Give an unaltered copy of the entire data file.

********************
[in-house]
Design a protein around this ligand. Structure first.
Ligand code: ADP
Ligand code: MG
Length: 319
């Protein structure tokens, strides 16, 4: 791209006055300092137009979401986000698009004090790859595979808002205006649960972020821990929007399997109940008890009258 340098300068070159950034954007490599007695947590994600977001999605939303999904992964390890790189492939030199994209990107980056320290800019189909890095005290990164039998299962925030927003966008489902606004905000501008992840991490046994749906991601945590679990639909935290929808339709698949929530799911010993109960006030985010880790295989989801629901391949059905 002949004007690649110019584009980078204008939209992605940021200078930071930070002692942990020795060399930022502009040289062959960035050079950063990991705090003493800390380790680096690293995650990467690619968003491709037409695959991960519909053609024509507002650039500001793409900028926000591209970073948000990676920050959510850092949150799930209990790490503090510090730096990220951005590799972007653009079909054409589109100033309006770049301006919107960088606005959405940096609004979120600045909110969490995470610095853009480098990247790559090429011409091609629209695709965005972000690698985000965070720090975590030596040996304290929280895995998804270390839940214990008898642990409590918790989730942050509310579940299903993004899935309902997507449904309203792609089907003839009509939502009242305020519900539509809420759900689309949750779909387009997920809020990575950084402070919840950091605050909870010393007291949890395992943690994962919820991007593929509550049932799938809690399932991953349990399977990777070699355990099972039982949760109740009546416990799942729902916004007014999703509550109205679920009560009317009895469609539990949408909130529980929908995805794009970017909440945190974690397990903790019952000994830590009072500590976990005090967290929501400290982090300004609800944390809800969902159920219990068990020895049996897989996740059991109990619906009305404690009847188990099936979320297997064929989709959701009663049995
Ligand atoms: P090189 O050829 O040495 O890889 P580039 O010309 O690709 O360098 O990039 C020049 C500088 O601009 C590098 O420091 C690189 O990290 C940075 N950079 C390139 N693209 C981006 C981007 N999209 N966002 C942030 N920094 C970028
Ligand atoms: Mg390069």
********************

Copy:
[in-house]
Design a protein around this ligand. Structure first.
Ligand code: ADP
Ligand code: MG
Length: 319
């Protein structure tokens, strides 16, 4: 791209006055300092137009979401986000698009004090790859595979808002205006649960972020821990929007399997109940008890009258 340098300068070159950034954007490599007695947590994600977001999605939303999904992964390890790189492939030199994209990107980056320290800019189909890095005290990164039998299962925030927003966008489902606004905000501008992840991490046994749906991601945590679990639909935290929808339709698949929530799911010993109960006030985010880790295989989801629901391949059905 002949004007690649110019584009980078204008939209992605940021200078930071930070002692942990020795060399930022502009040289062959960035050079950063990991705090003493800390380790680096690293995650990467690619968003491709037409695959991960519909053609024509507002650039500001793409900028926000591209970073948000990676920050959510850092949150799930209990790490503090510090730096990220951005590799972007653009079909054409589109100033309006770049301006919107960088606005959405940096609004979120600045909110969490995470610095853009480098990247790559090429011409091609629209695709965005972000690698985000965070720090975590030596040996304290929280895995998804270390839940214990008898642990409590918790989730942050509310579940299903993004899935309902997507449904309203792609089907003839009509939502009242305020519900539509809420759900689309949750779909387009997920809020990575950084402070919840950091605050909870010393007291949890395992943690994962919820991007593929509550049932799938809690399932991953349990399977990777070699355990099972039982949760109740009546416990799942729902916004007014999703509550109205679920009560009317009895469609539990949408909130529980929908995805794009970017909440945190974690397990903790019952000994830590009072500590976990005090967290929501400290982090300004609800944390809800969902159920219990068990020895049996897989996740059991109990619906009305404690009847188990099936979320297997064929989709959701009663049995
Ligand atoms: P090189 O050829 O040495 O890889 P580039 O010309 O690709 O360098 O990039 C020049 C500088 O601009 C590098 O420091 C690189 O990290 C940075 N950079 C390139 N693209 C981006 C981007 N999209 N966002 C942030 N920094 C970028
Ligand atoms: Mg390069």